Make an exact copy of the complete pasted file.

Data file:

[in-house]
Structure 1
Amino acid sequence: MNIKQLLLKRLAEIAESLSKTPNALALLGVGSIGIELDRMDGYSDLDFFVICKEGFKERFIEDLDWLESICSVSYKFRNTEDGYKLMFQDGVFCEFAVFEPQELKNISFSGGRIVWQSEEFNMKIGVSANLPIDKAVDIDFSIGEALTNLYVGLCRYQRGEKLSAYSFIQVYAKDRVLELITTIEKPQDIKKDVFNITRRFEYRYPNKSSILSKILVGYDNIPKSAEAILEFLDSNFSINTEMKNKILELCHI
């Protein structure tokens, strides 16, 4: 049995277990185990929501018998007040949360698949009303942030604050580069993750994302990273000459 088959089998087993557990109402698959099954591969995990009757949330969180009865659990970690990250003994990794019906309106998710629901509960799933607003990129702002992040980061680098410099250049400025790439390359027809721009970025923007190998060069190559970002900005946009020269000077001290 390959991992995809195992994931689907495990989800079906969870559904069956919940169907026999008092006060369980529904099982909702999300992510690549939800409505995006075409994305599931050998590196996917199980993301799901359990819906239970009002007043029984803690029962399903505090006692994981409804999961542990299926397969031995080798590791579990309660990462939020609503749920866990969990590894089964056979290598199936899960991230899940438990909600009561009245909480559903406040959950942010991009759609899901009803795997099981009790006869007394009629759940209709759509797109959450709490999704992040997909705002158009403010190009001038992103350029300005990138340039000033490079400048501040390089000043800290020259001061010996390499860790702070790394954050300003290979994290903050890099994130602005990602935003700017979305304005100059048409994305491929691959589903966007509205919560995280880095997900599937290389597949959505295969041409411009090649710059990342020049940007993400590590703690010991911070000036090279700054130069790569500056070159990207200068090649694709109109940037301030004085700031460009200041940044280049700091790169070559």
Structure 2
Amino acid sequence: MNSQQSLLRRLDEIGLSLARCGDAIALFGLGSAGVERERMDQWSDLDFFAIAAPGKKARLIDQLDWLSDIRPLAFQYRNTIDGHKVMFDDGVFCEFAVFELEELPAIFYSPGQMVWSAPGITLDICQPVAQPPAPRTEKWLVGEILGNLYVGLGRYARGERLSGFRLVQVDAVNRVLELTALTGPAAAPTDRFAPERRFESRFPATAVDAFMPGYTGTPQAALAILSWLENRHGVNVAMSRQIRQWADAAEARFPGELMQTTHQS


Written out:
[in-house]
Structure 1
Amino acid sequence: MNIKQLLLKRLAEIAESLSKTPNALALLGVGSIGIELDRMDGYSDLDFFVICKEGFKERFIEDLDWLESICSVSYKFRNTEDGYKLMFQDGVFCEFAVFEPQELKNISFSGGRIVWQSEEFNMKIGVSANLPIDKAVDIDFSIGEALTNLYVGLCRYQRGEKLSAYSFIQVYAKDRVLELITTIEKPQDIKKDVFNITRRFEYRYPNKSSILSKILVGYDNIPKSAEAILEFLDSNFSINTEMKNKILELCHI
């Protein structure tokens, strides 16, 4: 049995277990185990929501018998007040949360698949009303942030604050580069993750994302990273000459 088959089998087993557990109402698959099954591969995990009757949330969180009865659990970690990250003994990794019906309106998710629901509960799933607003990129702002992040980061680098410099250049400025790439390359027809721009970025923007190998060069190559970002900005946009020269000077001290 390959991992995809195992994931689907495990989800079906969870559904069956919940169907026999008092006060369980529904099982909702999300992510690549939800409505995006075409994305599931050998590196996917199980993301799901359990819906239970009002007043029984803690029962399903505090006692994981409804999961542990299926397969031995080798590791579990309660990462939020609503749920866990969990590894089964056979290598199936899960991230899940438990909600009561009245909480559903406040959950942010991009759609899901009803795997099981009790006869007394009629759940209709759509797109959450709490999704992040997909705002158009403010190009001038992103350029300005990138340039000033490079400048501040390089000043800290020259001061010996390499860790702070790394954050300003290979994290903050890099994130602005990602935003700017979305304005100059048409994305491929691959589903966007509205919560995280880095997900599937290389597949959505295969041409411009090649710059990342020049940007993400590590703690010991911070000036090279700054130069790569500056070159990207200068090649694709109109940037301030004085700031460009200041940044280049700091790169070559």
Structure 2
Amino acid sequence: MNSQQSLLRRLDEIGLSLARCGDAIALFGLGSAGVERERMDQWSDLDFFAIAAPGKKARLIDQLDWLSDIRPLAFQYRNTIDGHKVMFDDGVFCEFAVFELEELPAIFYSPGQMVWSAPGITLDICQPVAQPPAPRTEKWLVGEILGNLYVGLGRYARGERLSGFRLVQVDAVNRVLELTALTGPAAAPTDRFAPERRFESRFPATAVDAFMPGYTGTPQAALAILSWLENRHGVNVAMSRQIRQWADAAEARFPGELMQTTHQS